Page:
This page uses content from Wikipedia and is licensed under CC BY-SA.


Usage of the term Nips in the American cartoon Bugs Bunny Nips the Nips (1944)

Nip is an ethnic slur against people of Japanese descent and origin.[1][2] The word Nip is an abbreviation from Nippon (日本), the Japanese name for Japan.[2][3]


The earliest recorded occurrence of the slur seems to be in the Time magazine of 5 January 1942 where "three Nip pilots" was mentioned.[3] The American, British, and Australian entry of the Pacific Ocean theatre of World War II heightened the use of racial slurs against the Japanese, such as Jap and Nip.[3] The word Nip became a frequently-used slang word amongst the British Armed Forces.[3] The 1942 Royal Air Force journal made numerous references to the Japanese as Nips, even making puns such as "there's a nip in the air"[3] This phrase was later re-used for Hirohito's visit to the UK in 1971 by the satirical magazine Private Eye.[4]

As part of American wartime propaganda, caricatures and slurs (including Nip) against the Japanese diffused into entertainment,[5][6] such as exemplified by the Warner Bros.' cartoon Bugs Bunny Nips the Nips (1944).[6] In General Kenney Reports: A Personal History of the Pacific War (1949), George Kenney made racial statements about the Japanese, remarking for example that "Nips are just vermin to be exterminated".[7]

In a manner to evoke further anti-Japanese agitation, a Seattle Star editorial titled "It's Time to do Some Thinking On Nips' Return" from December 14th, 1944 discussed the citizenship rights of Japanese-Americans and framed their return to American society as a problem.[8]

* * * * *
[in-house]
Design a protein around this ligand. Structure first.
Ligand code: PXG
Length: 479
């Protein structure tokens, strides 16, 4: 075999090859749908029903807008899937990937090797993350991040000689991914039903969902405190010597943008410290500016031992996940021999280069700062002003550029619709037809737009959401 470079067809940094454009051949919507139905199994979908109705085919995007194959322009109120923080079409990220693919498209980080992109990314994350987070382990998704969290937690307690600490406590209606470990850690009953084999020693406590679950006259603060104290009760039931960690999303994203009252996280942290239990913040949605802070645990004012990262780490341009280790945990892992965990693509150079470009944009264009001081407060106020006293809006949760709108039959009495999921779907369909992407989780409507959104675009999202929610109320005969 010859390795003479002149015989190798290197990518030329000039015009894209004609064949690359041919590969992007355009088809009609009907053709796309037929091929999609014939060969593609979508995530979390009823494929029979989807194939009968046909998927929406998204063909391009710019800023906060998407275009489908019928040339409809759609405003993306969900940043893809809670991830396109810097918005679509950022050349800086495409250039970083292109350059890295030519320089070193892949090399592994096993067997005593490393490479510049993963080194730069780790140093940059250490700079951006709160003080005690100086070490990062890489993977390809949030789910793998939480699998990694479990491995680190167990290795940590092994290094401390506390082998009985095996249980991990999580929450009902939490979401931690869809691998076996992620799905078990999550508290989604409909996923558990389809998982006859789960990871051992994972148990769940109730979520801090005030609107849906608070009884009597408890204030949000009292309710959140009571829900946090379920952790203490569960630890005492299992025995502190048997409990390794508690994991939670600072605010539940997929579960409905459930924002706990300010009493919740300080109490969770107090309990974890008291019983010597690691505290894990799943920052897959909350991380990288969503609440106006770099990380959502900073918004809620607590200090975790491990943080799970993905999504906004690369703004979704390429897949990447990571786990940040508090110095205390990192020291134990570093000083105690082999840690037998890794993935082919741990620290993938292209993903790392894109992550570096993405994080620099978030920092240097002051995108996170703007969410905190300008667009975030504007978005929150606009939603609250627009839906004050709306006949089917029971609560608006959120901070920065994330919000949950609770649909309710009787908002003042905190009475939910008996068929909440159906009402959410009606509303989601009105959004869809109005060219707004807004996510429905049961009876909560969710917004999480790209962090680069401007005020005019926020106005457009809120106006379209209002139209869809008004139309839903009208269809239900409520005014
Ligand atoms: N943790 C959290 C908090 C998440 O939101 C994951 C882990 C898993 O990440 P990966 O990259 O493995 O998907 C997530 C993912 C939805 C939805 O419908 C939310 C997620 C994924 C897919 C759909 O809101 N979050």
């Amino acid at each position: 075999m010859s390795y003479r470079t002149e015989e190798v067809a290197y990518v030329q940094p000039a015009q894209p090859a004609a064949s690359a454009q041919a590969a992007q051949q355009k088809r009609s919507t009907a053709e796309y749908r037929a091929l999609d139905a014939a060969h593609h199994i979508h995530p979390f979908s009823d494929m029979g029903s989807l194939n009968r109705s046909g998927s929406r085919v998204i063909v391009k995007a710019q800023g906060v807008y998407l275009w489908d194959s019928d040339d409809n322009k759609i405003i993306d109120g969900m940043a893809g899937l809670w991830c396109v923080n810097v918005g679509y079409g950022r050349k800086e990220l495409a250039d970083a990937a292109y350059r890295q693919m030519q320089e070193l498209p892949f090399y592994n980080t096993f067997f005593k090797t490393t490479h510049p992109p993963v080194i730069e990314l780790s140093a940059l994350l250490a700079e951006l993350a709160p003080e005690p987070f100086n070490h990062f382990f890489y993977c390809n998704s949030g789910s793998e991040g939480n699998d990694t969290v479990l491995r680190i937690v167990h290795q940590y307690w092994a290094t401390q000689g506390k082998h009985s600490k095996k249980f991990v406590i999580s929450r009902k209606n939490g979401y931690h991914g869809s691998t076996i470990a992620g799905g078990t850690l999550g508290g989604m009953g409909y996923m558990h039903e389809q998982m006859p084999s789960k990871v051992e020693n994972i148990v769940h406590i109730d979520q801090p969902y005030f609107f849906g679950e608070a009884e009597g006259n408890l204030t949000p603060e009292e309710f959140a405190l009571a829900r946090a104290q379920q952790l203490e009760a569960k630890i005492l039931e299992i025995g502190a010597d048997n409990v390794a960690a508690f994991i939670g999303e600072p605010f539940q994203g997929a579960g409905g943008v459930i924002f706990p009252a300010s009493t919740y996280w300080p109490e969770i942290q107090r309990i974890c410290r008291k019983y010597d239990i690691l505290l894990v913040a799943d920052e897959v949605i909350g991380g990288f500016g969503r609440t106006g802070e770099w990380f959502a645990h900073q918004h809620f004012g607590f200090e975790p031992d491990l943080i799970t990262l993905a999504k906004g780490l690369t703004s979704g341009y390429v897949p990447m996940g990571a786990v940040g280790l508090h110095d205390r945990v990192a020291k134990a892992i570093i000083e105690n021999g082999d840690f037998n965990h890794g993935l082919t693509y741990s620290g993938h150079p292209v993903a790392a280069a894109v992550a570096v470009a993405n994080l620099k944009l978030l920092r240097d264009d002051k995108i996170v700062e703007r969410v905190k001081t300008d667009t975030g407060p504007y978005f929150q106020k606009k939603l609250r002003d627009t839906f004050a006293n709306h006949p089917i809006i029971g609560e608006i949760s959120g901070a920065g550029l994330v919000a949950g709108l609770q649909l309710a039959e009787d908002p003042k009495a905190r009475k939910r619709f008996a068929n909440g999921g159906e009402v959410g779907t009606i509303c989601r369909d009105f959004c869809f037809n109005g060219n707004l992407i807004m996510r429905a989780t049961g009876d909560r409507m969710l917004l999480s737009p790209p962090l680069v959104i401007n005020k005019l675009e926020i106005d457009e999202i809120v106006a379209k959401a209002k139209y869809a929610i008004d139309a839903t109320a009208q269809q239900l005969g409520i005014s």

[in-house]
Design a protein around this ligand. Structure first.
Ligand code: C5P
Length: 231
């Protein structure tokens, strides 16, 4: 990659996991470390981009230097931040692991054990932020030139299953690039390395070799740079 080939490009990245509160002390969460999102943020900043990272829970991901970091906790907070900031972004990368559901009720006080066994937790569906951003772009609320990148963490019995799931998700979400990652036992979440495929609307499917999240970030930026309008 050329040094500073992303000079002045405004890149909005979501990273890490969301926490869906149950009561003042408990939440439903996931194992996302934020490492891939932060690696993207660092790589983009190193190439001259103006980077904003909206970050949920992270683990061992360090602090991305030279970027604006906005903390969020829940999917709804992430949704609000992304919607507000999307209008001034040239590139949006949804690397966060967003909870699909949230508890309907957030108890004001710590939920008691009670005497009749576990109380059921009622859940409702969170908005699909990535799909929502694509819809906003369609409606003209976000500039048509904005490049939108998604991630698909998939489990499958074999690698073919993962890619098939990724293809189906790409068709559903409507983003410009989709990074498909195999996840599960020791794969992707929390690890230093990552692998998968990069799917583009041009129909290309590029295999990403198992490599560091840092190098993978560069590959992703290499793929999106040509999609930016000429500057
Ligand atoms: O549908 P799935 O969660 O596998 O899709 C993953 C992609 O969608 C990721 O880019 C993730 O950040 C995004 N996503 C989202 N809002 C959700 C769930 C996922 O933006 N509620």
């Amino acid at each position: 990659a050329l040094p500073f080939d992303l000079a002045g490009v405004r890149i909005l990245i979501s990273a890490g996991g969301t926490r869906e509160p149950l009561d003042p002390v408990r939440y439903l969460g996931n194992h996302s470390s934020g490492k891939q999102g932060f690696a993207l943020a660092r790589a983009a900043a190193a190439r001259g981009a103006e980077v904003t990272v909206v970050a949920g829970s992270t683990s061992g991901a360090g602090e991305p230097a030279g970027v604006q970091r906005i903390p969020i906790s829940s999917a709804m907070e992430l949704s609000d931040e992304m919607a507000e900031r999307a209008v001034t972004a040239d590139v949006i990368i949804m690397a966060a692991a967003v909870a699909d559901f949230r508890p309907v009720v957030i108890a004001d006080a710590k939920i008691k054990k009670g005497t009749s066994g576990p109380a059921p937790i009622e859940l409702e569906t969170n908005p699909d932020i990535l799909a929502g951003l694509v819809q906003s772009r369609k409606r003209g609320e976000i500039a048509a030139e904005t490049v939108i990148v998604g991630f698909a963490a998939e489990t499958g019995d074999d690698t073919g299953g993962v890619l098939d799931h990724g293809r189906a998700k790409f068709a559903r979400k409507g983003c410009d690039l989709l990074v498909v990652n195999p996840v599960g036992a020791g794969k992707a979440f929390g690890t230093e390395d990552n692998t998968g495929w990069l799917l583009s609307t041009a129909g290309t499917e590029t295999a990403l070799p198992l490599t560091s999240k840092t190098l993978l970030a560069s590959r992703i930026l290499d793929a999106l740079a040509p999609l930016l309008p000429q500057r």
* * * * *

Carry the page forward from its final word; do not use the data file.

1. ^ "Definition of Nip in English". Oxford Dictionaries. Oxford University Press. Retrieved 29 August 2013.
  2. ^ a b Savill, Richard (4 October 2006). "Vicar says sorry for 'nip in the air' Japanese joke". The Telegraph.
  3. ^ a b c d e Hughes, Geoffrey (2006). An Encyclopedia of Swearing. New York: M.E. Sharpe. p. 261-261. ISBN 978-0-7656-1231-1.
  4. ^ "Hirohito". The New Yorker. Vol. 69 no. 11–15. New Yorker Magazine, Inc. May 1993. p. 52.
  5. ^ Casey, Steven (2001). Cautious Crusade: Franklin D. Roosevelt, American Public opinion, and the War Against Nazi Germany. Oxford: Oxford University Press. p. 67. ISBN 0-19-513960-7.
  6. ^ a b Bennett, M. Todd (2012). One World, Big Screen: Hollywood, the Allies, and World War II. University of North Carolina Press. p. 102. ISBN 978-0-8078-3574-6.
  7. ^ Meilinge, Phillip S. (2001). Airmen and Air Theory: A Review of the Sources. Maxwell Air Force Base: Air University Press. p. 38. ISBN 1-58566-101-5.
  8. ^ Speidel, Jennifer (2005). "After Internment: Seattle's Debate Over Japanese Americans' Right to Return Home". Seattle Civil Rights and Labor History Project. Civil Rights and Labor History Consortium, University of Washington.